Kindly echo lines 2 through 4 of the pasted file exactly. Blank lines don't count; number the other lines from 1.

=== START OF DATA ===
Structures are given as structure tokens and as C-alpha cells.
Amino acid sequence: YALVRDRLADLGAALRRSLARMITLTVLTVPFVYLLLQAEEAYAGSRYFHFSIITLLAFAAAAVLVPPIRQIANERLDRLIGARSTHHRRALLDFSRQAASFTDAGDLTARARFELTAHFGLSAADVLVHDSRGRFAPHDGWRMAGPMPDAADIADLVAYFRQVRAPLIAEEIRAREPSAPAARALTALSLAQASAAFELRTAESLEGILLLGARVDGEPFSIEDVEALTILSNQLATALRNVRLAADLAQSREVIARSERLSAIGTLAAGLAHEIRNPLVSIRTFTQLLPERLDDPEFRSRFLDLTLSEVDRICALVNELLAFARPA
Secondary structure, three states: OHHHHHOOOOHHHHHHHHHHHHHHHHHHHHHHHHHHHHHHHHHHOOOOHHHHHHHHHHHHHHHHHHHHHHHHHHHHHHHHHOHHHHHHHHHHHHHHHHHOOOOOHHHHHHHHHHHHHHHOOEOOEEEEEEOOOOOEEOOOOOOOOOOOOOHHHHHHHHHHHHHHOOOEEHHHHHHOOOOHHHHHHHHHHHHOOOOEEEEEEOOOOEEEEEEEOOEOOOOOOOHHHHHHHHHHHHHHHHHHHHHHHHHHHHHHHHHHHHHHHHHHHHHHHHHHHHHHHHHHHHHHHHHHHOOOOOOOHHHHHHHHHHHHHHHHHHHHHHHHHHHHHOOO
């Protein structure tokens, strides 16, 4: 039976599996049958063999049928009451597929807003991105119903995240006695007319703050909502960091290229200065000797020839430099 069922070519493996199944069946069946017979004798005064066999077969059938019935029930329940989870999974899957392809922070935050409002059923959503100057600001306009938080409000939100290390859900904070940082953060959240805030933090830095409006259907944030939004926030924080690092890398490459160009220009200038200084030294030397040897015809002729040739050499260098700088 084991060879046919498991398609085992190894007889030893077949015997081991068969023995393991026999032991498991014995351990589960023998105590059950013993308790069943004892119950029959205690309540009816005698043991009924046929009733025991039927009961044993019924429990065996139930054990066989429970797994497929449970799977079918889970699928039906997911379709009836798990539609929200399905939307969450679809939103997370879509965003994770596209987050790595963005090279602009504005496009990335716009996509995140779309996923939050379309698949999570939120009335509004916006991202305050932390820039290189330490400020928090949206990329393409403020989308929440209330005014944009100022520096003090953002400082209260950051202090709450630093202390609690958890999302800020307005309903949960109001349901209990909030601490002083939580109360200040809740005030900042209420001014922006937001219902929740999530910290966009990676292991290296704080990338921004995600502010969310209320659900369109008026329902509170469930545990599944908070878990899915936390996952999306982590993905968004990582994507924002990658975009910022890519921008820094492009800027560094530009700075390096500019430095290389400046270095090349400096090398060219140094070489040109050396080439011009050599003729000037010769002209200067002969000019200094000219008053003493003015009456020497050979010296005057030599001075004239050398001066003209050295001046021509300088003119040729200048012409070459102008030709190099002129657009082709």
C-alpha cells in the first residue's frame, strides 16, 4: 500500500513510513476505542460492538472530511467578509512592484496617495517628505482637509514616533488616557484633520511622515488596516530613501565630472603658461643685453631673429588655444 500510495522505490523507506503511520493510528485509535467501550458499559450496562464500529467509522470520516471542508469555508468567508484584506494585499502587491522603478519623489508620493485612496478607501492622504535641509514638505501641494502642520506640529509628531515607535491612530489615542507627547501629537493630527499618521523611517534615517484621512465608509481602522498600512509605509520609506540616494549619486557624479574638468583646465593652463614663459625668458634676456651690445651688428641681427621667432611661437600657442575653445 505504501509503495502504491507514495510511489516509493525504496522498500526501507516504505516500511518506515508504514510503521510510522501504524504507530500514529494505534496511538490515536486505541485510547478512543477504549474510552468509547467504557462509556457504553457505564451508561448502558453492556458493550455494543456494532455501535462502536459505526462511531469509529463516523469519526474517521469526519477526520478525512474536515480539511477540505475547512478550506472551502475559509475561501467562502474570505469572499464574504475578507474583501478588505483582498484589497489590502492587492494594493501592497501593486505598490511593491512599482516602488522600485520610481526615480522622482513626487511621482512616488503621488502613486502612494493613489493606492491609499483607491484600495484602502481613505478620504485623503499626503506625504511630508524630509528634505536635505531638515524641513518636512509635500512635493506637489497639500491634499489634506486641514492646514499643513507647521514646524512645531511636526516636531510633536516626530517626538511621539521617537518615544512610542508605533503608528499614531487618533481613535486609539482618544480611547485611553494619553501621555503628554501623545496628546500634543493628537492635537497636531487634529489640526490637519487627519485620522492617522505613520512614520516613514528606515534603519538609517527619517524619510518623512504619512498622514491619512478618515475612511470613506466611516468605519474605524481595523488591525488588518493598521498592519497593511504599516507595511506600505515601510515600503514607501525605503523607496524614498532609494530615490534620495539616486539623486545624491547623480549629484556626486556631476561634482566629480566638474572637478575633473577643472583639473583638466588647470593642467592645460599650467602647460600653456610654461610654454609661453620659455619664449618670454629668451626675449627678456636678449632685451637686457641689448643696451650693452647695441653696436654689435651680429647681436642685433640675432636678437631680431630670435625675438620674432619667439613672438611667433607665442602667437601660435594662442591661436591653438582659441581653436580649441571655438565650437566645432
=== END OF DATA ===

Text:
Amino acid sequence: YALVRDRLADLGAALRRSLARMITLTVLTVPFVYLLLQAEEAYAGSRYFHFSIITLLAFAAAAVLVPPIRQIANERLDRLIGARSTHHRRALLDFSRQAASFTDAGDLTARARFELTAHFGLSAADVLVHDSRGRFAPHDGWRMAGPMPDAADIADLVAYFRQVRAPLIAEEIRAREPSAPAARALTALSLAQASAAFELRTAESLEGILLLGARVDGEPFSIEDVEALTILSNQLATALRNVRLAADLAQSREVIARSERLSAIGTLAAGLAHEIRNPLVSIRTFTQLLPERLDDPEFRSRFLDLTLSEVDRICALVNELLAFARPA
Secondary structure, three states: OHHHHHOOOOHHHHHHHHHHHHHHHHHHHHHHHHHHHHHHHHHHOOOOHHHHHHHHHHHHHHHHHHHHHHHHHHHHHHHHHOHHHHHHHHHHHHHHHHHOOOOOHHHHHHHHHHHHHHHOOEOOEEEEEEOOOOOEEOOOOOOOOOOOOOHHHHHHHHHHHHHHOOOEEHHHHHHOOOOHHHHHHHHHHHHOOOOEEEEEEOOOOEEEEEEEOOEOOOOOOOHHHHHHHHHHHHHHHHHHHHHHHHHHHHHHHHHHHHHHHHHHHHHHHHHHHHHHHHHHHHHHHHHHHOOOOOOOHHHHHHHHHHHHHHHHHHHHHHHHHHHHHOOO
């Protein structure tokens, strides 16, 4: 039976599996049958063999049928009451597929807003991105119903995240006695007319703050909502960091290229200065000797020839430099 069922070519493996199944069946069946017979004798005064066999077969059938019935029930329940989870999974899957392809922070935050409002059923959503100057600001306009938080409000939100290390859900904070940082953060959240805030933090830095409006259907944030939004926030924080690092890398490459160009220009200038200084030294030397040897015809002729040739050499260098700088 084991060879046919498991398609085992190894007889030893077949015997081991068969023995393991026999032991498991014995351990589960023998105590059950013993308790069943004892119950029959205690309540009816005698043991009924046929009733025991039927009961044993019924429990065996139930054990066989429970797994497929449970799977079918889970699928039906997911379709009836798990539609929200399905939307969450679809939103997370879509965003994770596209987050790595963005090279602009504005496009990335716009996509995140779309996923939050379309698949999570939120009335509004916006991202305050932390820039290189330490400020928090949206990329393409403020989308929440209330005014944009100022520096003090953002400082209260950051202090709450630093202390609690958890999302800020307005309903949960109001349901209990909030601490002083939580109360200040809740005030900042209420001014922006937001219902929740999530910290966009990676292991290296704080990338921004995600502010969310209320659900369109008026329902509170469930545990599944908070878990899915936390996952999306982590993905968004990582994507924002990658975009910022890519921008820094492009800027560094530009700075390096500019430095290389400046270095090349400096090398060219140094070489040109050396080439011009050599003729000037010769002209200067002969000019200094000219008053003493003015009456020497050979010296005057030599001075004239050398001066003209050295001046021509300088003119040729200048012409070459102008030709190099002129657009082709």